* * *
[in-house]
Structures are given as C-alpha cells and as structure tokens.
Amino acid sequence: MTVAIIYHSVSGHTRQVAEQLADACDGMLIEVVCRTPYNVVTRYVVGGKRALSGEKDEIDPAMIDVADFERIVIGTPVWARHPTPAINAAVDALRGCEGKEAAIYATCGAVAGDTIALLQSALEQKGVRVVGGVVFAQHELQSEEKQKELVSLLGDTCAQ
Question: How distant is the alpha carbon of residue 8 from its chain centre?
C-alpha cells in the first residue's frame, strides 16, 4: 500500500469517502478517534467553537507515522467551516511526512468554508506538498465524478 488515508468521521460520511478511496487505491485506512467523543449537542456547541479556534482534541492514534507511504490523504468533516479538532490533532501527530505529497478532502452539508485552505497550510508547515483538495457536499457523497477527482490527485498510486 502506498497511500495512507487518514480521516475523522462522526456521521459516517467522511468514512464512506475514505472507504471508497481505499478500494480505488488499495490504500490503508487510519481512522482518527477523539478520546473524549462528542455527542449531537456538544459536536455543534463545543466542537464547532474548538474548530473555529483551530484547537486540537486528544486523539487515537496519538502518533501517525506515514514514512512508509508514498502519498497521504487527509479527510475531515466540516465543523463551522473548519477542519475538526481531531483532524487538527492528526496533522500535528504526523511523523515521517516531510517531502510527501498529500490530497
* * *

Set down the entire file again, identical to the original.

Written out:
[in-house]
Structures are given as C-alpha cells and as structure tokens.
Amino acid sequence: MTVAIIYHSVSGHTRQVAEQLADACDGMLIEVVCRTPYNVVTRYVVGGKRALSGEKDEIDPAMIDVADFERIVIGTPVWARHPTPAINAAVDALRGCEGKEAAIYATCGAVAGDTIALLQSALEQKGVRVVGGVVFAQHELQSEEKQKELVSLLGDTCAQ
Question: How distant is the alpha carbon of residue 8 from its chain centre?
C-alpha cells in the first residue's frame, strides 16, 4: 500500500469517502478517534467553537507515522467551516511526512468554508506538498465524478 488515508468521521460520511478511496487505491485506512467523543449537542456547541479556534482534541492514534507511504490523504468533516479538532490533532501527530505529497478532502452539508485552505497550510508547515483538495457536499457523497477527482490527485498510486 502506498497511500495512507487518514480521516475523522462522526456521521459516517467522511468514512464512506475514505472507504471508497481505499478500494480505488488499495490504500490503508487510519481512522482518527477523539478520546473524549462528542455527542449531537456538544459536536455543534463545543466542537464547532474548538474548530473555529483551530484547537486540537486528544486523539487515537496519538502518533501517525506515514514514512512508509508514498502519498497521504487527509479527510475531515466540516465543523463551522473548519477542519475538526481531531483532524487538527492528526496533522500535528504526523511523523515521517516531510517531502510527501498529500490530497